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41

First and foremost, that logic is not sound. The argument boils down to "bad things happen no matter what, so why should I try?" To give an analogous example, I can take meticulous care of my car and it could run for 10+ years. But all that care will not put a magic ward around my car to protect it from a storm causing a flood or knocking a tree on to ...


32

When confronted with these issues for the first time, we asked ourselves these questions: Can we afford to have everything all our peers have? If not, when and how did we learn to not to let this bring us down? Do we calculate our self-esteem depending on whether we can buy the same things our peers do? Seeing some of the things their peers have, do we ...


23

Like the others, I disagree that you should buying your child "everything". But I feel there is an important distinction other answers don't bring to the point, although some skirt it. When your children asks for something "everybody has", ask yourself: is it a status symbol, or a tool prerequisite for participating in an activity common among its peers? ...


22

Could tell him it is the difference between having a chance and having no chance. People can work hard and do all the right things and still end up unemployed with a low standard of life, but on the whole it happens a lot less to educated hard working people than uneducated layabouts. Also there is more to education than just getting a job, it is far easier ...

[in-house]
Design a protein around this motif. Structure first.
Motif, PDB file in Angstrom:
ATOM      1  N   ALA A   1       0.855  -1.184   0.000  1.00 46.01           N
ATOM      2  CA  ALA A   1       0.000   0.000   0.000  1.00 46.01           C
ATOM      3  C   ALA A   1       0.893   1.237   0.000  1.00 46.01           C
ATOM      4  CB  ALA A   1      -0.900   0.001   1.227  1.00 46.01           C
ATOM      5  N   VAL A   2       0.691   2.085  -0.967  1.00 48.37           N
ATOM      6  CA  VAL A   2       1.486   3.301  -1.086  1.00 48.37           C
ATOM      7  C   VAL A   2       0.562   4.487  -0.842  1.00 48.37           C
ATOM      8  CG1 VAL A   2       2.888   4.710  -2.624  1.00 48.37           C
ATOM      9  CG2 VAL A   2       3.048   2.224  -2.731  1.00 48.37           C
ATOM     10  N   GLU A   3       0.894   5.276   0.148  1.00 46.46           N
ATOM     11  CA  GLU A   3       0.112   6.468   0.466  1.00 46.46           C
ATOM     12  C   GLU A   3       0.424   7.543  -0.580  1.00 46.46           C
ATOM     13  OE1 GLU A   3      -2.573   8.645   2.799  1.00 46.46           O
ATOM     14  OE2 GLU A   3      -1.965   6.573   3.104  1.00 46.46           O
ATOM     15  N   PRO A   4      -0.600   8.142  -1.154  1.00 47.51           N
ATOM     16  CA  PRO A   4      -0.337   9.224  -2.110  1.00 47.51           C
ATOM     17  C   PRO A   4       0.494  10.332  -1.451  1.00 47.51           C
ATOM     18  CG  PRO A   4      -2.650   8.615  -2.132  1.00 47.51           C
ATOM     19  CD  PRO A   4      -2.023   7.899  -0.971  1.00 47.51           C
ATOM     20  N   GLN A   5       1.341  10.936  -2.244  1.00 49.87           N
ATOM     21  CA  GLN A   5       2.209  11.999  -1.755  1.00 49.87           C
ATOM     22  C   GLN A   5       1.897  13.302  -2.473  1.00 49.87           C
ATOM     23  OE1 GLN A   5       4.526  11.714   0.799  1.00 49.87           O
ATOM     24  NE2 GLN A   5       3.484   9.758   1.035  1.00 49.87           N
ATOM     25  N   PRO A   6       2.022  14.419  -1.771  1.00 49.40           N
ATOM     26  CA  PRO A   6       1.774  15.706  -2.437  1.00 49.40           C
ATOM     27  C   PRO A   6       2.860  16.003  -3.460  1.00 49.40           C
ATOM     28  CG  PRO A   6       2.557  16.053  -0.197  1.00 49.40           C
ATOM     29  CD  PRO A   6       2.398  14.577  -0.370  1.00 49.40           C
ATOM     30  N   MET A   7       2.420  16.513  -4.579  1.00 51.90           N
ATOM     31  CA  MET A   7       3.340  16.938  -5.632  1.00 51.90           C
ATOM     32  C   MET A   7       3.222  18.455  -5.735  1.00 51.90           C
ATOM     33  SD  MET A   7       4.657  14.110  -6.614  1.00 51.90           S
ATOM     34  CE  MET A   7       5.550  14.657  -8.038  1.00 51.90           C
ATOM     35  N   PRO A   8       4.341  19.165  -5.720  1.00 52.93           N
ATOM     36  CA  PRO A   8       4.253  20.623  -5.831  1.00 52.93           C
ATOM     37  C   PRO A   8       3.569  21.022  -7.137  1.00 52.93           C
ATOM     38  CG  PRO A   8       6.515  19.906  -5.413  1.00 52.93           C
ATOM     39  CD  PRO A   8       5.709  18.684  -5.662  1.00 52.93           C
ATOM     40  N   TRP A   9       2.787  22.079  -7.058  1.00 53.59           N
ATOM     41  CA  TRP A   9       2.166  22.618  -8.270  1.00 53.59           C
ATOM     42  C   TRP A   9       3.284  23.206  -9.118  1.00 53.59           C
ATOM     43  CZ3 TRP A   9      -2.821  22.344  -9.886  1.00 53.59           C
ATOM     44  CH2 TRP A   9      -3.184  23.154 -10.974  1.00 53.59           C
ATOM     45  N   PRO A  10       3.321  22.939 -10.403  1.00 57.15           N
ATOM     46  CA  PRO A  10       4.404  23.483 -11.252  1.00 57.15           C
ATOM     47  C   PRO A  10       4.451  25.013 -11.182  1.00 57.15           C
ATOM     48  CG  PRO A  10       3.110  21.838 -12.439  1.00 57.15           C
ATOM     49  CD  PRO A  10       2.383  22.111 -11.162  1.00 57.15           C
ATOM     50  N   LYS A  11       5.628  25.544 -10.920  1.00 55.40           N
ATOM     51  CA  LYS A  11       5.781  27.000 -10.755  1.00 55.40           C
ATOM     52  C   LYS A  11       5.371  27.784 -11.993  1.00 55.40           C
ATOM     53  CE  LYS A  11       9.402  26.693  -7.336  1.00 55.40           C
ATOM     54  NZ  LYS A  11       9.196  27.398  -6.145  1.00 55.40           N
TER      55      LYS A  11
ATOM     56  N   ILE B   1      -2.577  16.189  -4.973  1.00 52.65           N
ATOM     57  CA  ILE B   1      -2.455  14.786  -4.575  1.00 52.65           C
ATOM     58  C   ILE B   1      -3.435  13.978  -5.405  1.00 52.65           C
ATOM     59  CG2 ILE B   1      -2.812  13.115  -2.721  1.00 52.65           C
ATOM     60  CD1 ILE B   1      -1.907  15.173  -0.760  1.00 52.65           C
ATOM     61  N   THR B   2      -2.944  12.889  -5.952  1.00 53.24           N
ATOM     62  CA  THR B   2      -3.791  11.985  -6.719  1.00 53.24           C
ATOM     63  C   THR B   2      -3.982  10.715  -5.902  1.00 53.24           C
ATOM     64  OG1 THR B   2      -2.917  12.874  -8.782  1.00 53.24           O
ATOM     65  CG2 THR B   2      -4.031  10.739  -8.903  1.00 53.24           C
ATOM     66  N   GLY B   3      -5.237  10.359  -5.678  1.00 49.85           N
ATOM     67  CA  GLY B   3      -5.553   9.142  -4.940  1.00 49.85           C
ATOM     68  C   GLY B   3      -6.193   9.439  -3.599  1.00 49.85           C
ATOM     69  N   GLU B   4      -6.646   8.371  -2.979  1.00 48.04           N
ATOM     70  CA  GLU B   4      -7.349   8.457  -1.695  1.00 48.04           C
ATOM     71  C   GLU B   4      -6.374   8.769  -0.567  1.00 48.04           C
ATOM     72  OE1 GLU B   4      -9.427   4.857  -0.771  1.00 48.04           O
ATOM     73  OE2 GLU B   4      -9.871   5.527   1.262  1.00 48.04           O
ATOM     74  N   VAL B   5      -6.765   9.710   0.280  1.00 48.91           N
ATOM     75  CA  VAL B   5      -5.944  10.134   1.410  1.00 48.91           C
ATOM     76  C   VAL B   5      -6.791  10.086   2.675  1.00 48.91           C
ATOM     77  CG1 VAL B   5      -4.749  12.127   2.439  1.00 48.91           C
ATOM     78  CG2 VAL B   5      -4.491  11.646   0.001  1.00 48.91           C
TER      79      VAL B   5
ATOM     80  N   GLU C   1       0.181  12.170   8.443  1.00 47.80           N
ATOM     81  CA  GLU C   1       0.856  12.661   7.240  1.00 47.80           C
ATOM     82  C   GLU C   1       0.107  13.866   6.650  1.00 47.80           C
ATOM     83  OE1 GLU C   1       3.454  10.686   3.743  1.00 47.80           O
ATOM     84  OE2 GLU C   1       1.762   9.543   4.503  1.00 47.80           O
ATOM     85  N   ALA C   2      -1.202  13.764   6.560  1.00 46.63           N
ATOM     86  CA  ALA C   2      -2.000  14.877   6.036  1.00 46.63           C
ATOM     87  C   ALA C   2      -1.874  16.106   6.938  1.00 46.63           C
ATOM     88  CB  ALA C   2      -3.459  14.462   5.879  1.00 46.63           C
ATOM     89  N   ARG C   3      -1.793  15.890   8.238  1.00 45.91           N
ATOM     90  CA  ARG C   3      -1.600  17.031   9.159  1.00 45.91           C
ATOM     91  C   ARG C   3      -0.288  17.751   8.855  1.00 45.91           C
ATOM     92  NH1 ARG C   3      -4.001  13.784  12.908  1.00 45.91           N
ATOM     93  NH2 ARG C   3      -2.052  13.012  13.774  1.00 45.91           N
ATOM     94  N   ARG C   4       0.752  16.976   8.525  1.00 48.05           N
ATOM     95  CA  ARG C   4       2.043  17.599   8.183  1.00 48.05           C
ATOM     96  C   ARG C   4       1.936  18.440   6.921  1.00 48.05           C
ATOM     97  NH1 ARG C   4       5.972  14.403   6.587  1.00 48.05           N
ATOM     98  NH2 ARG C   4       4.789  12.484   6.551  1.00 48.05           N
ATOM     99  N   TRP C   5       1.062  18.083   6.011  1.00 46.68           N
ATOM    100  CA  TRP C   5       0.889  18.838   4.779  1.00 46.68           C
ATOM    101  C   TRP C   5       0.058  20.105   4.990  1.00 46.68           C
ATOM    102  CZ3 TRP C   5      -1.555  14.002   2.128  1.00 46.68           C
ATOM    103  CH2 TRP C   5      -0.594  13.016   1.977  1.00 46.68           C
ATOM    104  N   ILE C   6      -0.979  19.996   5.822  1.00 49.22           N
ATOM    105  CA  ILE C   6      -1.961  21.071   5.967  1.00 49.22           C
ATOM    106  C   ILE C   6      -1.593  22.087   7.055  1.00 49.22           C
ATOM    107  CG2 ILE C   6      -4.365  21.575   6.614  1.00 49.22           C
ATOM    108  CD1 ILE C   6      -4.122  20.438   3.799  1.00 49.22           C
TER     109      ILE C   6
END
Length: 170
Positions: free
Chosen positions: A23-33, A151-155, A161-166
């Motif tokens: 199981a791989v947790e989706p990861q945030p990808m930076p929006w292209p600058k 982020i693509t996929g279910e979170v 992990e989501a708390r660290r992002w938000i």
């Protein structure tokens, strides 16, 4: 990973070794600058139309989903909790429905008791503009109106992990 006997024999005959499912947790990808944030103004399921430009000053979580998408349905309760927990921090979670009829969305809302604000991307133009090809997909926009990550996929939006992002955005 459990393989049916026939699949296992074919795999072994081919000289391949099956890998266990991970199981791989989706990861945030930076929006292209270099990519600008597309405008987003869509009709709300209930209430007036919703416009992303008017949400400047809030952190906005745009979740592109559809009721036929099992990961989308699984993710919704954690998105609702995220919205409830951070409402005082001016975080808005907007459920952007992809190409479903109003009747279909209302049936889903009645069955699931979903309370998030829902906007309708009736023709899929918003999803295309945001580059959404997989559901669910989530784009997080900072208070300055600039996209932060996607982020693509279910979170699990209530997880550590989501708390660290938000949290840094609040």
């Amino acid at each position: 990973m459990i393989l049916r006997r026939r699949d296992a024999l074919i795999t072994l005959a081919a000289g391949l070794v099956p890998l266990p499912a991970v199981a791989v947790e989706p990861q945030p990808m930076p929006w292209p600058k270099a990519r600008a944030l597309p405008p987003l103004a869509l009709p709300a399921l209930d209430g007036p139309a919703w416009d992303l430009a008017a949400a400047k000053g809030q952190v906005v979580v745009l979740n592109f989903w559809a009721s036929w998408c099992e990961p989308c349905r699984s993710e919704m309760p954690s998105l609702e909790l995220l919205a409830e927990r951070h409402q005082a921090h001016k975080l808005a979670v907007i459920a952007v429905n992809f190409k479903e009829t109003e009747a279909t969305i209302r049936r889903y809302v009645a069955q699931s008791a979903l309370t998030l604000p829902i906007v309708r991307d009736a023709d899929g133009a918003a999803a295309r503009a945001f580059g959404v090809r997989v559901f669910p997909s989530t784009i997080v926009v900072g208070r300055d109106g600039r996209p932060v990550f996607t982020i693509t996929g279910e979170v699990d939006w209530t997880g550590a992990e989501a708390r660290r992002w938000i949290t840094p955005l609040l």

18

I think that money is not the most important factor here. I think that the reason the children usually have these costly toys (and I mean toys, since most kids do little more than play on them) like smartphones, laptops, tablets, PSPs, etc. is not because their parents care about them; it's often because they actually neglect them. The device is not ...


16

Part of this answer depends on how much you teach, and trust, your child to question what he has been taught, and to allow him to arrive at his own conclusions. Leading by example is probably the most important factor in this. Your son likes the stories. Can you let him hear all the stories, i.e. take some time in Protestant, Jewish, and Muslim classes, as ...


14

It is unlikely the son concluded this after a calm and rational examination of his options, but rather was reacting in the heat of the moment. Establish in subsequent discussions that the son's logic isn't particularly sound. Advanced education provides a lot of opportunities. It does not guarantee permanent success (as the father has found), but it opens ...


13